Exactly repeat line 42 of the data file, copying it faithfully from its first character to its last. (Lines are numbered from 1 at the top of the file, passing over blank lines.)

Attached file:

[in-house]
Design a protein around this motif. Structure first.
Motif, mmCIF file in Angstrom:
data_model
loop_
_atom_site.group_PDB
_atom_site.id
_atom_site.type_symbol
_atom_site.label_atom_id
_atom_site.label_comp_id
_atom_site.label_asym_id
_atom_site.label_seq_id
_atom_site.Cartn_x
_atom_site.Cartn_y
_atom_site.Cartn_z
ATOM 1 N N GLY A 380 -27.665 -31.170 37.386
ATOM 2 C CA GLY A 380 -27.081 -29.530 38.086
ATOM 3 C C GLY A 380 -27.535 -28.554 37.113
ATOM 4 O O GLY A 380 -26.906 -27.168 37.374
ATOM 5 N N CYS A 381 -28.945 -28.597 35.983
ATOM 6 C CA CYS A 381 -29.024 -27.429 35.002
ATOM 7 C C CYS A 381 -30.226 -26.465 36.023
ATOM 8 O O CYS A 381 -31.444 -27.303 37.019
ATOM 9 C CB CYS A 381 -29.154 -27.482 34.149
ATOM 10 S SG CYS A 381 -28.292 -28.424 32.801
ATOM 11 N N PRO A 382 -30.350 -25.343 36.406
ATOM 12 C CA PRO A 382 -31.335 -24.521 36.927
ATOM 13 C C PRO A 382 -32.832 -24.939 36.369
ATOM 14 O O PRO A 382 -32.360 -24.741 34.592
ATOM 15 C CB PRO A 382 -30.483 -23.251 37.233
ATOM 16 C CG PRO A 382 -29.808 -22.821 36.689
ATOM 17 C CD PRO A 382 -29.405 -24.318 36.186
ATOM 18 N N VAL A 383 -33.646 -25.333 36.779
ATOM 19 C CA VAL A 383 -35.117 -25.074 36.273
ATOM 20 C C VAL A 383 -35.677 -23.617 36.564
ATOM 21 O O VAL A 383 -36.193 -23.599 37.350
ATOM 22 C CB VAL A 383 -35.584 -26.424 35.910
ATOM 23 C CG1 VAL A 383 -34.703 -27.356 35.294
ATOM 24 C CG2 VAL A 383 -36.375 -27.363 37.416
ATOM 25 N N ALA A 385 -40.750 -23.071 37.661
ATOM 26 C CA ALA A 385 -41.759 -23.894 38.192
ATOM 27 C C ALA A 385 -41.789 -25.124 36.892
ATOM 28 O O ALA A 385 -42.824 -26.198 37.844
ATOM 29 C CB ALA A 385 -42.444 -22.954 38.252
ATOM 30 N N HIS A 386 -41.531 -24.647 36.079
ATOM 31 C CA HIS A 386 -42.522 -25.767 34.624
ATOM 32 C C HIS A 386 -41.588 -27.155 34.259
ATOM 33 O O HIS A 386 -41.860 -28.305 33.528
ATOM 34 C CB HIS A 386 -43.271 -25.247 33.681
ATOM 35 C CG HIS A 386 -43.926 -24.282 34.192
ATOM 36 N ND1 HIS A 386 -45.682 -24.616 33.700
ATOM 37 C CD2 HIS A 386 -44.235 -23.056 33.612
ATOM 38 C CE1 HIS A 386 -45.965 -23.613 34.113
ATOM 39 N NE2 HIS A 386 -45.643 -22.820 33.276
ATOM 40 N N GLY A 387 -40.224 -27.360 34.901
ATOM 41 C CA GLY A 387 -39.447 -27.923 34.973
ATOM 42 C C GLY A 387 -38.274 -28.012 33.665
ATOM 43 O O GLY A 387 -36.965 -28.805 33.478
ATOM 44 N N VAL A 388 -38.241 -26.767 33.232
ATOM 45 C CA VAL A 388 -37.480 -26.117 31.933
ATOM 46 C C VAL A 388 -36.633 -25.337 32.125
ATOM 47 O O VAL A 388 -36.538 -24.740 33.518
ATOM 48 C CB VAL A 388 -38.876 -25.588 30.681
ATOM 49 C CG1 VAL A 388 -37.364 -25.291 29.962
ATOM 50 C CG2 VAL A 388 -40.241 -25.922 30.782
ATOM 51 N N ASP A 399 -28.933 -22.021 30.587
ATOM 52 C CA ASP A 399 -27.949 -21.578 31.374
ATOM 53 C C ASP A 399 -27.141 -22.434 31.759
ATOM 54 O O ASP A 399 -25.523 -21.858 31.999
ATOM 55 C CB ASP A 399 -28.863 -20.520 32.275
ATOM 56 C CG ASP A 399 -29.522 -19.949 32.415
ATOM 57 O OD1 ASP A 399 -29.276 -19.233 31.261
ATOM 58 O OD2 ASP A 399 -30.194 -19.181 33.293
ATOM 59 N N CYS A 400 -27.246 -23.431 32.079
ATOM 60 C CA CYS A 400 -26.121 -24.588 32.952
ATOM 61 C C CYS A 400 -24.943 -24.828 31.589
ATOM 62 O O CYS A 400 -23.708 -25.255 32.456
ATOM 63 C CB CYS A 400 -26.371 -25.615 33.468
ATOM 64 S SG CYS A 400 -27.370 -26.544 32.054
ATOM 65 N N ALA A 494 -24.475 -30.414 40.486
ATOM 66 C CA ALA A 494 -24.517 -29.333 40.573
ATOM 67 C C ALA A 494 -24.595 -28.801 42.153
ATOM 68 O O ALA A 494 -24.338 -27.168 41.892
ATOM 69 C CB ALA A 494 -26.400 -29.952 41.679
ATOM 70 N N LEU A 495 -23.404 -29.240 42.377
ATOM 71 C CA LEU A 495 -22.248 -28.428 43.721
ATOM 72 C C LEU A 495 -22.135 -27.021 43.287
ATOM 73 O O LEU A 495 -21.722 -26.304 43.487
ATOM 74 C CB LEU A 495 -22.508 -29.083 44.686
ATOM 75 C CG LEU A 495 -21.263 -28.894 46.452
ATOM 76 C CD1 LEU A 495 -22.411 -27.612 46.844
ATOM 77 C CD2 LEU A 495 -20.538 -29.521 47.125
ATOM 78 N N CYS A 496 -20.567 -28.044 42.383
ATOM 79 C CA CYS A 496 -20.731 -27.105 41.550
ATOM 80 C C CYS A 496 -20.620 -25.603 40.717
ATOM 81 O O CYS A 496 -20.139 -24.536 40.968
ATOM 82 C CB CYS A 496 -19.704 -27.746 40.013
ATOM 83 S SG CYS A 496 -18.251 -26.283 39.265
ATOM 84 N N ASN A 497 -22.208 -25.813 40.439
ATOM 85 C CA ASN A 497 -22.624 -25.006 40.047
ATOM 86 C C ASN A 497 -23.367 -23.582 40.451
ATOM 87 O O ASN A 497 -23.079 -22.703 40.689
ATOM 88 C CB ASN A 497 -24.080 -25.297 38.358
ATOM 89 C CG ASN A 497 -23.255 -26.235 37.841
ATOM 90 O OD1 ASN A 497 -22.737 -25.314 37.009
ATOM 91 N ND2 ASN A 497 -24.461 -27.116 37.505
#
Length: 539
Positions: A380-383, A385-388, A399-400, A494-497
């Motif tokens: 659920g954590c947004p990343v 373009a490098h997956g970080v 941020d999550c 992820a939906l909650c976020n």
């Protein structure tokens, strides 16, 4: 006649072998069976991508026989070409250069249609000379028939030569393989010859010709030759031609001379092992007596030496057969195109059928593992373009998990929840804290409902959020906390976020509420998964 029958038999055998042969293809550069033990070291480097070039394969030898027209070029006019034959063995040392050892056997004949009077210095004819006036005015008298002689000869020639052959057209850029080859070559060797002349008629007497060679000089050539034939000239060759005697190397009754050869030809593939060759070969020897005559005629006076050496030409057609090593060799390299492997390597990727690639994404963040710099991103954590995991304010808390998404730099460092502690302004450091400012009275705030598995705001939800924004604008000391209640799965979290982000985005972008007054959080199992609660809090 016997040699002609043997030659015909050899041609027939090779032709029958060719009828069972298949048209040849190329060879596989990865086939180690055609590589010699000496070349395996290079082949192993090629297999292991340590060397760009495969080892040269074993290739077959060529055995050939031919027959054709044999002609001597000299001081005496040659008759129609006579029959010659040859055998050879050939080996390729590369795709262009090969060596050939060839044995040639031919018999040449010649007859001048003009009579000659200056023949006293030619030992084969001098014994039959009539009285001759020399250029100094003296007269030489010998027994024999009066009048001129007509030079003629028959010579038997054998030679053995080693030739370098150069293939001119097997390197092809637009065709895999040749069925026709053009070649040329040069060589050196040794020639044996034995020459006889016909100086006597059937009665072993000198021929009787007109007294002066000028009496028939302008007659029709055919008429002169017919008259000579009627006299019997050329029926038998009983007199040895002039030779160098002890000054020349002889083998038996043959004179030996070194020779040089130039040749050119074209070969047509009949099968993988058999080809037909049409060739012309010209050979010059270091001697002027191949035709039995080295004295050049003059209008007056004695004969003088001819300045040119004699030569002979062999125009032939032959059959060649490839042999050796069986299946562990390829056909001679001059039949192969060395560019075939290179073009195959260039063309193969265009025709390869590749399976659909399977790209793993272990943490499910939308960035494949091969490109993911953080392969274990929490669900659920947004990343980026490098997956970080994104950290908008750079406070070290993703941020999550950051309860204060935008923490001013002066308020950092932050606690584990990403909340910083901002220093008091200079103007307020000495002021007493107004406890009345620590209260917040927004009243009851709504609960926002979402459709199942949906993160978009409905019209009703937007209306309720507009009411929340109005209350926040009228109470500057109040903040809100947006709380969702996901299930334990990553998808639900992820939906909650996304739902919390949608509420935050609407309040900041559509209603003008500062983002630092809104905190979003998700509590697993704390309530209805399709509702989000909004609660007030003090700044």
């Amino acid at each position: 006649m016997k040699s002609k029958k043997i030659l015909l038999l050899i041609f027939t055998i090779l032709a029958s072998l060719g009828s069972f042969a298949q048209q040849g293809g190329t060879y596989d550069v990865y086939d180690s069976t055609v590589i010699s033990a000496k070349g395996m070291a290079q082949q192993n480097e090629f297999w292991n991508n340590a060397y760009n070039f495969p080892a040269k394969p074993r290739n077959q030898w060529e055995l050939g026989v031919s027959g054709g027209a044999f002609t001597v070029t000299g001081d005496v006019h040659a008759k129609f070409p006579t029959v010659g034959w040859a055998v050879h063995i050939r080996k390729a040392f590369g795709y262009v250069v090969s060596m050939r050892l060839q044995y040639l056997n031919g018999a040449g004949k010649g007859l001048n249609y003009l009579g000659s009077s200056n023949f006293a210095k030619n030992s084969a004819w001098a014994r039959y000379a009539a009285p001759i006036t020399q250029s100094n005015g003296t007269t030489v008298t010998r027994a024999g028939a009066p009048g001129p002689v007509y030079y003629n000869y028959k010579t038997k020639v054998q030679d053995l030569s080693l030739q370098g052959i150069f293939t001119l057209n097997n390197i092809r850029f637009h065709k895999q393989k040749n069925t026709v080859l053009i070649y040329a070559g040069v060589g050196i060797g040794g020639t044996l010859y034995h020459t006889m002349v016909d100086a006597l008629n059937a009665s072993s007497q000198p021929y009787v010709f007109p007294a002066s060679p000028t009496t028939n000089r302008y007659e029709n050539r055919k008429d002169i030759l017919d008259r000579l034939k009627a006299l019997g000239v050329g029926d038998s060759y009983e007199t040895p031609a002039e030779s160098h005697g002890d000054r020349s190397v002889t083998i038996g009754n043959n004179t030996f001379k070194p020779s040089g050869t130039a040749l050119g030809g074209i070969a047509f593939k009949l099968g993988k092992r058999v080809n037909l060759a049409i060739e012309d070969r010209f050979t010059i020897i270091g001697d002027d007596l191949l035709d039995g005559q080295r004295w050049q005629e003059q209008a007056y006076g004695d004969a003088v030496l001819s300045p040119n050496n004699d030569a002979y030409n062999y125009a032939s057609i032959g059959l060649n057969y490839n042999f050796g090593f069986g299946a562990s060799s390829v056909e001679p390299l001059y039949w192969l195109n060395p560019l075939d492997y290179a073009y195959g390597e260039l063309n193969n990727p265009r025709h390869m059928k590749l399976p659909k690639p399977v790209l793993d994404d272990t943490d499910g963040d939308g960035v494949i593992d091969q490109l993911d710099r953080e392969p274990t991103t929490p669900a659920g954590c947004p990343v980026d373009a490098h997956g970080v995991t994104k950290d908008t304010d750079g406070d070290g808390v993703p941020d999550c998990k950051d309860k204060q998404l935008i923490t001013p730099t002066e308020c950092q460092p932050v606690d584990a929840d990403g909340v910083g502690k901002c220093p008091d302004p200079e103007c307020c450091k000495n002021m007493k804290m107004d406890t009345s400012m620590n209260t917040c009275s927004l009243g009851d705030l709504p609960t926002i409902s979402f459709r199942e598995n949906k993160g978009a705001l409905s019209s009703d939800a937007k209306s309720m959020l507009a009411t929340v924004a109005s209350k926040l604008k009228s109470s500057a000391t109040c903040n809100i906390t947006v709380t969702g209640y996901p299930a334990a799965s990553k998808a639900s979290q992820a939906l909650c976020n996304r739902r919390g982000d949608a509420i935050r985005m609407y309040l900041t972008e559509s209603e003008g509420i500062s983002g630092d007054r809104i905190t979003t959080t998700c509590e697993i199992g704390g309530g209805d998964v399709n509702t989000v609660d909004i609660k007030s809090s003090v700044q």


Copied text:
ATOM 27 C C ALA A 385 -41.789 -25.124 36.892